Ghost House

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“Ghost House” is a poem by Robert Frost showing deliberating emotions and feelings. The speaker experiences loss of something significant, talking of nature, and going through a dark phase from the loss. Holding on to something and never knowing how to let it go is horrendous. Speaking of nature could relieve the mind and refresh the brain. Yet, being in darkness only makes a human decay quicker. Robert Frost knows every way to drag you and entertain ones mind.
Something can vanish right in front of your eyes without you being aware. At times, you may think it is just a waiver, but it may never recover. The speaker dwells on the past and what had been. Attached to a person, place, or thing could become detrimental, especially when you become detached. Robert Frost articulates the loss of something through the words vanished, ruined, and disused and forgotten. Frost knows exactly how to captivate the reader and the attention by being spontaneous.
When something has vanished, that substance is no longer there to be seen. The house has vanished and is no longer on the base that it had rested on for years. Going back to a place that one is so used to is hard when one is not able to enjoy the sights. The house that was once there vanished many years ago and leaving no trace. The only aspect that is there and has always been there are the cellar walls. Not only did Robert Frost use the word vanished to depict a picture of something missing, but he also used ruined to give the reader a distinct visual of a run down and old area.
“O’er ruined fences the grape-vines shield….” written by Robert Frost is used to talk about how the grape-vines guarded the fences that are ruined but still stand out front of the house that is no longer there...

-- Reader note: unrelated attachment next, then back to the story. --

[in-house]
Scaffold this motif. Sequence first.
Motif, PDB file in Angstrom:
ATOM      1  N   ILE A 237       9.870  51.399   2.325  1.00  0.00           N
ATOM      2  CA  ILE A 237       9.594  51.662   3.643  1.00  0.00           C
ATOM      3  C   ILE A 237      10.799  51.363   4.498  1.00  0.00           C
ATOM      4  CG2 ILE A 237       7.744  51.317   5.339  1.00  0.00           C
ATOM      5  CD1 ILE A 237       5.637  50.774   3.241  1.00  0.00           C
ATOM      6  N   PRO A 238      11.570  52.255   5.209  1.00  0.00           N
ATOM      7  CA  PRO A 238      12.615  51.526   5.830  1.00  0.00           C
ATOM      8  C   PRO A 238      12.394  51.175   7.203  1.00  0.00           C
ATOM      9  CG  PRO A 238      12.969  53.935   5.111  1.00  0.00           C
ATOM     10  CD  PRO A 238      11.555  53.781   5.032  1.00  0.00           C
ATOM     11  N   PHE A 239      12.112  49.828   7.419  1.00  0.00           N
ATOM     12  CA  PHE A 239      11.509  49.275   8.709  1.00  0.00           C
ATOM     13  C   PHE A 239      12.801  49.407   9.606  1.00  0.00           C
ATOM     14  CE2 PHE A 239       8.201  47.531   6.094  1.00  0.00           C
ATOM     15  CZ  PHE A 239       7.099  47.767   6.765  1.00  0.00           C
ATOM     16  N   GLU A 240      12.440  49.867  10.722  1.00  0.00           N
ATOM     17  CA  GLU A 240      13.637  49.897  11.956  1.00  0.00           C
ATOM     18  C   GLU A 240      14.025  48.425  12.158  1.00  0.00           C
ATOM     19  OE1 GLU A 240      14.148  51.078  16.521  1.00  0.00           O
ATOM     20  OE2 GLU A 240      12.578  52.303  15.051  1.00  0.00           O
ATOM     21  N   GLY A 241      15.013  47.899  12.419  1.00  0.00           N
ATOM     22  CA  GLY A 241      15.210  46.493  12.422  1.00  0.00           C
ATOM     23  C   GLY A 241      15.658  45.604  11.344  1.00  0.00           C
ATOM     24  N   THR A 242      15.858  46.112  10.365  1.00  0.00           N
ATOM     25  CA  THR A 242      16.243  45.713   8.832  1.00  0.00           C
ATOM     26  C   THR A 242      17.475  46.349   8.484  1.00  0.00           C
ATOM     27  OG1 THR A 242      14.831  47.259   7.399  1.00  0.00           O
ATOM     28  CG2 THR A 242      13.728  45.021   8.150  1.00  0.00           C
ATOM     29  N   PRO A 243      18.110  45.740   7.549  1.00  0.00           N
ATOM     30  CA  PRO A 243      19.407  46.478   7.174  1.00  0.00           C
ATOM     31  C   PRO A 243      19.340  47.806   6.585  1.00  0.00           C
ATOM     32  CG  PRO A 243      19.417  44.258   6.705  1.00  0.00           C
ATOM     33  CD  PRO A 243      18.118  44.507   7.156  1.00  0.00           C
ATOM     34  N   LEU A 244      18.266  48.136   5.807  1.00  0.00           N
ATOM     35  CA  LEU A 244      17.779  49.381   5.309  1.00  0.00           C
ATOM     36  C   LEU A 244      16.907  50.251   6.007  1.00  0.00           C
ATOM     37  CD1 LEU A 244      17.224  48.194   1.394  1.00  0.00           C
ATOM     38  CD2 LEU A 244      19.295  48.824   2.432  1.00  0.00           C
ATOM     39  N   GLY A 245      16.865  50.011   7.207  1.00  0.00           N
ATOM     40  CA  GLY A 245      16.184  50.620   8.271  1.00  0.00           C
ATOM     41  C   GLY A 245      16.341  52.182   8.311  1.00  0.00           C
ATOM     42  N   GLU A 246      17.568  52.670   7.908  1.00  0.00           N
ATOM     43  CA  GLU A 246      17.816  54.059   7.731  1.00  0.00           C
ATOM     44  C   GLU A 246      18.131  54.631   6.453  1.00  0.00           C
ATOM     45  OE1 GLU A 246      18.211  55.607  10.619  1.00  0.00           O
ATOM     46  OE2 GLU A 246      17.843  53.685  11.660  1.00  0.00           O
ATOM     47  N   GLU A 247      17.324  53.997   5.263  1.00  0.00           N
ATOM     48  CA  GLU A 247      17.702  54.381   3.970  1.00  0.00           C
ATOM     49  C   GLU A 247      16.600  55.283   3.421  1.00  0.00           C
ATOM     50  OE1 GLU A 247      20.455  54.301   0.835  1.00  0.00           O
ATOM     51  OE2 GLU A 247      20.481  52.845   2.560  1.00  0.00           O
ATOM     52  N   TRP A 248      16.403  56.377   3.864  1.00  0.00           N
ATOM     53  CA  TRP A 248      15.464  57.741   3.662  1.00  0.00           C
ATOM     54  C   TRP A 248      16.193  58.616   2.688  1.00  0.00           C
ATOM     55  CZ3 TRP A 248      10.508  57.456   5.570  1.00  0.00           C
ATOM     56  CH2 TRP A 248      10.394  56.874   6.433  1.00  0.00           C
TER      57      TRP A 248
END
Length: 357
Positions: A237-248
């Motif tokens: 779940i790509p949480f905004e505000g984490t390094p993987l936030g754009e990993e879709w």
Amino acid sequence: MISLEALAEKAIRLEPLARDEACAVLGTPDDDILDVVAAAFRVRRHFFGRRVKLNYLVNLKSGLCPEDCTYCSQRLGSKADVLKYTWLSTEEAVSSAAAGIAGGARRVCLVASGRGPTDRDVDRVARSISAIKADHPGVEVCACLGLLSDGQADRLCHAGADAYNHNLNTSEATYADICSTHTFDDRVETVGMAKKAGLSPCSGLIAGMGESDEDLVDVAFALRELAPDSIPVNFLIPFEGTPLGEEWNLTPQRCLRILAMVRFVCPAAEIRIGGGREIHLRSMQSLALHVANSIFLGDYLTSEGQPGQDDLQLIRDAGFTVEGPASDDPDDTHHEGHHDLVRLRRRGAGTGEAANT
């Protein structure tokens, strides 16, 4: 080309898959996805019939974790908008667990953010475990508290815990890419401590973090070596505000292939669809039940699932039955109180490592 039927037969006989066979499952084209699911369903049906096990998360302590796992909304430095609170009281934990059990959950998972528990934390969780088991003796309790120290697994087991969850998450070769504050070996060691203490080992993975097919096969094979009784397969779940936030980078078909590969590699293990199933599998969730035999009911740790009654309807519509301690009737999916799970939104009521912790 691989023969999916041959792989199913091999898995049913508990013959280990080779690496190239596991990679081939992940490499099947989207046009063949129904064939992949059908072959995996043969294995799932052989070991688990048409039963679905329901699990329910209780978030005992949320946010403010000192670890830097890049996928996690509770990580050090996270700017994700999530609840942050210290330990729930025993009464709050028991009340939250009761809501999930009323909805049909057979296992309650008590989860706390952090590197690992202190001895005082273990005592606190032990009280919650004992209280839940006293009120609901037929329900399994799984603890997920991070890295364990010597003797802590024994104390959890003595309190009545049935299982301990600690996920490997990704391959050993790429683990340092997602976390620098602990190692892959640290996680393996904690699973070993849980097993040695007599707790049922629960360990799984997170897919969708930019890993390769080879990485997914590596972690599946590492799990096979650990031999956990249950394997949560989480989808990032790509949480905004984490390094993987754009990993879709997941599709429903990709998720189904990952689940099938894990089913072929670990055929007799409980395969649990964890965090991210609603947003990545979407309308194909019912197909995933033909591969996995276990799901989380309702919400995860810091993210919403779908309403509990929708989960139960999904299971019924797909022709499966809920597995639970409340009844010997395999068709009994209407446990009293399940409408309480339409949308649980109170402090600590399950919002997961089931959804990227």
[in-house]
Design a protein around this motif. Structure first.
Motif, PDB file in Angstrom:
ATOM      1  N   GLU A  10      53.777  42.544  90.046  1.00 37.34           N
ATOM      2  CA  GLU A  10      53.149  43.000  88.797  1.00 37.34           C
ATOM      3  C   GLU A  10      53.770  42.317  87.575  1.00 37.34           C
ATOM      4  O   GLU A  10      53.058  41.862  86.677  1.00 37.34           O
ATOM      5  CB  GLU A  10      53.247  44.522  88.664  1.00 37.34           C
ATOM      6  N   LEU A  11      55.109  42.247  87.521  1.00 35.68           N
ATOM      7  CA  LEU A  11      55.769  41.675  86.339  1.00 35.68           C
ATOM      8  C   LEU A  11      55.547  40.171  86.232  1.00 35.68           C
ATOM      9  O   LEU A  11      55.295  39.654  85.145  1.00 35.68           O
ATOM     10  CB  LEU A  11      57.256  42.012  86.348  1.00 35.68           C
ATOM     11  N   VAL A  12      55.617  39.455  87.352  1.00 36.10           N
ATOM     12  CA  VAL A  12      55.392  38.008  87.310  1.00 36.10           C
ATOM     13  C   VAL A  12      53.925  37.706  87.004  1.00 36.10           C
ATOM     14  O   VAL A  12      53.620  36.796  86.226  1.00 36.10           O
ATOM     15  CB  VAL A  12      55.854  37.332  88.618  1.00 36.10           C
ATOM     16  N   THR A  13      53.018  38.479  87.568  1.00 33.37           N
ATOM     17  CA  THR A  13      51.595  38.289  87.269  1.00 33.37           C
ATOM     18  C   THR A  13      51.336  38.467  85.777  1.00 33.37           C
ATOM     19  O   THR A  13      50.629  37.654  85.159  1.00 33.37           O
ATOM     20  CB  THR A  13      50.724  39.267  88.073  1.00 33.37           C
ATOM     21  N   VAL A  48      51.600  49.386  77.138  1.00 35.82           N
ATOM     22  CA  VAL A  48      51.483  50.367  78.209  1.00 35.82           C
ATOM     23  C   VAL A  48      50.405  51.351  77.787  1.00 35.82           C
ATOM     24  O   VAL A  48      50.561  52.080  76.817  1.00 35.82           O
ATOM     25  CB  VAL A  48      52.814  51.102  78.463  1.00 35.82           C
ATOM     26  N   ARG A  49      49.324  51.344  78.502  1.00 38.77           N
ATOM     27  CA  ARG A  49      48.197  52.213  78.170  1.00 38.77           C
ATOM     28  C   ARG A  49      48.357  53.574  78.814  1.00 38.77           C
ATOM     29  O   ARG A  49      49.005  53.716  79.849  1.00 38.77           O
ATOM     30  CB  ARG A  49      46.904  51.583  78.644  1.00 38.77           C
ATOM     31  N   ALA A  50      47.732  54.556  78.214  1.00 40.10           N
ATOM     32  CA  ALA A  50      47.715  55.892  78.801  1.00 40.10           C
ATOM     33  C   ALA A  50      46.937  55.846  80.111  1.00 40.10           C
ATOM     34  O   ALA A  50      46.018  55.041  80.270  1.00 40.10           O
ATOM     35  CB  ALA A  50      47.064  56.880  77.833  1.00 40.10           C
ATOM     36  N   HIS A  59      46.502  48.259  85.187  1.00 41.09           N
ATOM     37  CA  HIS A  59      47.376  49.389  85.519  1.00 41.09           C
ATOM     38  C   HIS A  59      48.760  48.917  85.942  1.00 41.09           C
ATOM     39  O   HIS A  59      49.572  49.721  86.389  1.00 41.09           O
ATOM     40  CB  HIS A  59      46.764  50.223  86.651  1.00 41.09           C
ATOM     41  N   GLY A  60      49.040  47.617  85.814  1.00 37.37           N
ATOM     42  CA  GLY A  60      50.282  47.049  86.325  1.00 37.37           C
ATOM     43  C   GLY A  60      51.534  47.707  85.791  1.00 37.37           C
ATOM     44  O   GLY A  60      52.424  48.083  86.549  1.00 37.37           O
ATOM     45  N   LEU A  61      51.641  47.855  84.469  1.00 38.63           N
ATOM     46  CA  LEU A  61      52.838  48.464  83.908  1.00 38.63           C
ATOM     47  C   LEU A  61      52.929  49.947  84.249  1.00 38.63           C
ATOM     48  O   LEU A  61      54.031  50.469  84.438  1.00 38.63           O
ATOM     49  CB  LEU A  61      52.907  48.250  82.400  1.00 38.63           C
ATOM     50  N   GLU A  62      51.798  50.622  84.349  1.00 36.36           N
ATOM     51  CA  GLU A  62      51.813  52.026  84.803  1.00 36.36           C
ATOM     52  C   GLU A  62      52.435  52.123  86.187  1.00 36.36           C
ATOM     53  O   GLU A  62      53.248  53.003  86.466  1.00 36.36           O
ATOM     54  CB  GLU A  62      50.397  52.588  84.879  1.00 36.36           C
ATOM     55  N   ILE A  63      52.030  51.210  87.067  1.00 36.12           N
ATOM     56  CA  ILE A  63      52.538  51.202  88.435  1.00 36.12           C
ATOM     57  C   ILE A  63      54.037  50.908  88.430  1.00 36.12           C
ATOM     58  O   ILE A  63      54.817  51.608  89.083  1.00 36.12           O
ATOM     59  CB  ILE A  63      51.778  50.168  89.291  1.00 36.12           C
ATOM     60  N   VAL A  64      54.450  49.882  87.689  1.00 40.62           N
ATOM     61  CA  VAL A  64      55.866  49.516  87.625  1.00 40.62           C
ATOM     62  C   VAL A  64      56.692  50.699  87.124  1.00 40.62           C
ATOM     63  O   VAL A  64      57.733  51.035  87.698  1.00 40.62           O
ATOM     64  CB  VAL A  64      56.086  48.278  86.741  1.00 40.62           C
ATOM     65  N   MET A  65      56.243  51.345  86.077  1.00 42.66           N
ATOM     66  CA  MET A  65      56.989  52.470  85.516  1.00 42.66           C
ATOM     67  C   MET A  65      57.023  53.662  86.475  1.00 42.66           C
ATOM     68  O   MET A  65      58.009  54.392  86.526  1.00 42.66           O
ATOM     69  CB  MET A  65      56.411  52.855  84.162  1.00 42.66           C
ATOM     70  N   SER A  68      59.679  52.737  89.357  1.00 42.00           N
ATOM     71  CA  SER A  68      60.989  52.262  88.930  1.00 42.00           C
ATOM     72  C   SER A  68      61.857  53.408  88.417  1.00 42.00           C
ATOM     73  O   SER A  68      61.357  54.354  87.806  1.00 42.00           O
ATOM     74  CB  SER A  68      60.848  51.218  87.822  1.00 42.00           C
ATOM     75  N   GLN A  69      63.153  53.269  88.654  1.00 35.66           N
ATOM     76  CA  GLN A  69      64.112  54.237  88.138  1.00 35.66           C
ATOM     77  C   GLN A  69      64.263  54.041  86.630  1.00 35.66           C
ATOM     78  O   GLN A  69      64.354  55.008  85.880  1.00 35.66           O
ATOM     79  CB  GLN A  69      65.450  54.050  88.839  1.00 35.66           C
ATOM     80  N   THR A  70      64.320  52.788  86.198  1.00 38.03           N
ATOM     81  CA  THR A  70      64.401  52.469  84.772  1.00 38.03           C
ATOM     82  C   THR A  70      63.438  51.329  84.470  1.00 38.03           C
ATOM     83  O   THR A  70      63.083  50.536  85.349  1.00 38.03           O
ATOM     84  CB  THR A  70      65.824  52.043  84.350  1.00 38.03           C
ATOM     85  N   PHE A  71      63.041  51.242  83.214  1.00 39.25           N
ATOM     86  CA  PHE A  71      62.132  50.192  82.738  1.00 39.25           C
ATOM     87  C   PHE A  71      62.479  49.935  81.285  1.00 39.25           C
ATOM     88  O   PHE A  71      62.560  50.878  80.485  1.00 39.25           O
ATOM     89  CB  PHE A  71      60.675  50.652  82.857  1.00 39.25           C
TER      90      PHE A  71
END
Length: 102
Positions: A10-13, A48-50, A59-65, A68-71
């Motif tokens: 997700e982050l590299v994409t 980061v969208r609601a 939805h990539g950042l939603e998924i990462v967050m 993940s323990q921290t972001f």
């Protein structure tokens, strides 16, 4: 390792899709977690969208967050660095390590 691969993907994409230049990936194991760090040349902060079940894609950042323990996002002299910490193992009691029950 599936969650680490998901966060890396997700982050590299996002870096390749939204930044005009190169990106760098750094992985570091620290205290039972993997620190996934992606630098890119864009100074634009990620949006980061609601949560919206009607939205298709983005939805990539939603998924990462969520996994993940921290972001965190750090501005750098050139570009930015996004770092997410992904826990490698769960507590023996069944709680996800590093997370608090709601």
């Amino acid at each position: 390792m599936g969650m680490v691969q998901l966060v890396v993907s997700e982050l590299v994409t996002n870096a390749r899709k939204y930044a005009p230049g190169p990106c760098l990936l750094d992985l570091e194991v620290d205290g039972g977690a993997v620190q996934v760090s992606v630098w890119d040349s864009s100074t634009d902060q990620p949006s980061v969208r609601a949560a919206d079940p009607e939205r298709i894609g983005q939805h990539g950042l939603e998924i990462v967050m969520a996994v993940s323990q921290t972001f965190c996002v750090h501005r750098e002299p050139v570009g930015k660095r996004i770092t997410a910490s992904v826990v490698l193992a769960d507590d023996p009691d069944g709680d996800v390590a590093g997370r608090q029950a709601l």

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... with other humans that are now buried in the yard of a gone place.
Not only does Robert Frost cherish nature, but he also has a love for darkness in this piece. The darkness signifies the loss of something and the dark soul. The speaker was a child in a home, but that home is no longer there. Robert Frost uses words such as night, dim, unlit place, and sad to talk about the darkness.
Night comes and the day changes. The speaker has a tone that portrays the hurt and dark feeling of a soul that is absent from the body. Night is a transition over time that helps the speaker feel safe. The night aids in the sight of the stars that the speaker is standing under.
The place is gone and as the speaker stands out under the stars, the mind notices the dimness and smallness. Taking time out of the long day, the speaker has time to process the sights seen throughout the day.

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